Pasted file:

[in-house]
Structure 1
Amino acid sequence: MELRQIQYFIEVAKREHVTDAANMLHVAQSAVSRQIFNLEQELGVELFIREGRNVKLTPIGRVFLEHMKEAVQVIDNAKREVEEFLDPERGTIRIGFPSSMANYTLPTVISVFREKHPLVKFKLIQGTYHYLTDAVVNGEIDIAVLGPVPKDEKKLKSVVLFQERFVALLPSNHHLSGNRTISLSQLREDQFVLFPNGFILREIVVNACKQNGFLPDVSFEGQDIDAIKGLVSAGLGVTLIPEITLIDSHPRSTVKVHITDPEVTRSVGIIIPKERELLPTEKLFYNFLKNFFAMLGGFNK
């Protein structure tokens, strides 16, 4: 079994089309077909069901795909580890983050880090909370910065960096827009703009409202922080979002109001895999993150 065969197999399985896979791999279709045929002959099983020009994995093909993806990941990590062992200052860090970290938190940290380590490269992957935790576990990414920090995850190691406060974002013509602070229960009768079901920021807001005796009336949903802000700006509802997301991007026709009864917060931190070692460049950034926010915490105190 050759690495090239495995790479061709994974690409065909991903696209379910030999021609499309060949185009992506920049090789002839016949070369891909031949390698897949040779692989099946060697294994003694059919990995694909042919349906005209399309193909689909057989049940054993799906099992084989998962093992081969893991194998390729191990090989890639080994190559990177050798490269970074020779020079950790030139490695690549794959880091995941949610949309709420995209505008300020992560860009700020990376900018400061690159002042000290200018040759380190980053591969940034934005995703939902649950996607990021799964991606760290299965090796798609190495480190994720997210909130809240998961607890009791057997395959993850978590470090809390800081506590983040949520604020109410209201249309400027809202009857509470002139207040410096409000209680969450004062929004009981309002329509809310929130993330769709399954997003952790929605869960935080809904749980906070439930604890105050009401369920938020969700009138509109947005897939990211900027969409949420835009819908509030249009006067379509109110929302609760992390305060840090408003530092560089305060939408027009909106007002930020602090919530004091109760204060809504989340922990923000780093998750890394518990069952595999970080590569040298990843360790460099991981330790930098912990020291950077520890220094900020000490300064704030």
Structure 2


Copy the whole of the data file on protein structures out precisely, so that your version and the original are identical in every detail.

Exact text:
[in-house]
Structure 1
Amino acid sequence: MELRQIQYFIEVAKREHVTDAANMLHVAQSAVSRQIFNLEQELGVELFIREGRNVKLTPIGRVFLEHMKEAVQVIDNAKREVEEFLDPERGTIRIGFPSSMANYTLPTVISVFREKHPLVKFKLIQGTYHYLTDAVVNGEIDIAVLGPVPKDEKKLKSVVLFQERFVALLPSNHHLSGNRTISLSQLREDQFVLFPNGFILREIVVNACKQNGFLPDVSFEGQDIDAIKGLVSAGLGVTLIPEITLIDSHPRSTVKVHITDPEVTRSVGIIIPKERELLPTEKLFYNFLKNFFAMLGGFNK
């Protein structure tokens, strides 16, 4: 079994089309077909069901795909580890983050880090909370910065960096827009703009409202922080979002109001895999993150 065969197999399985896979791999279709045929002959099983020009994995093909993806990941990590062992200052860090970290938190940290380590490269992957935790576990990414920090995850190691406060974002013509602070229960009768079901920021807001005796009336949903802000700006509802997301991007026709009864917060931190070692460049950034926010915490105190 050759690495090239495995790479061709994974690409065909991903696209379910030999021609499309060949185009992506920049090789002839016949070369891909031949390698897949040779692989099946060697294994003694059919990995694909042919349906005209399309193909689909057989049940054993799906099992084989998962093992081969893991194998390729191990090989890639080994190559990177050798490269970074020779020079950790030139490695690549794959880091995941949610949309709420995209505008300020992560860009700020990376900018400061690159002042000290200018040759380190980053591969940034934005995703939902649950996607990021799964991606760290299965090796798609190495480190994720997210909130809240998961607890009791057997395959993850978590470090809390800081506590983040949520604020109410209201249309400027809202009857509470002139207040410096409000209680969450004062929004009981309002329509809310929130993330769709399954997003952790929605869960935080809904749980906070439930604890105050009401369920938020969700009138509109947005897939990211900027969409949420835009819908509030249009006067379509109110929302609760992390305060840090408003530092560089305060939408027009909106007002930020602090919530004091109760204060809504989340922990923000780093998750890394518990069952595999970080590569040298990843360790460099991981330790930098912990020291950077520890220094900020000490300064704030």
Structure 2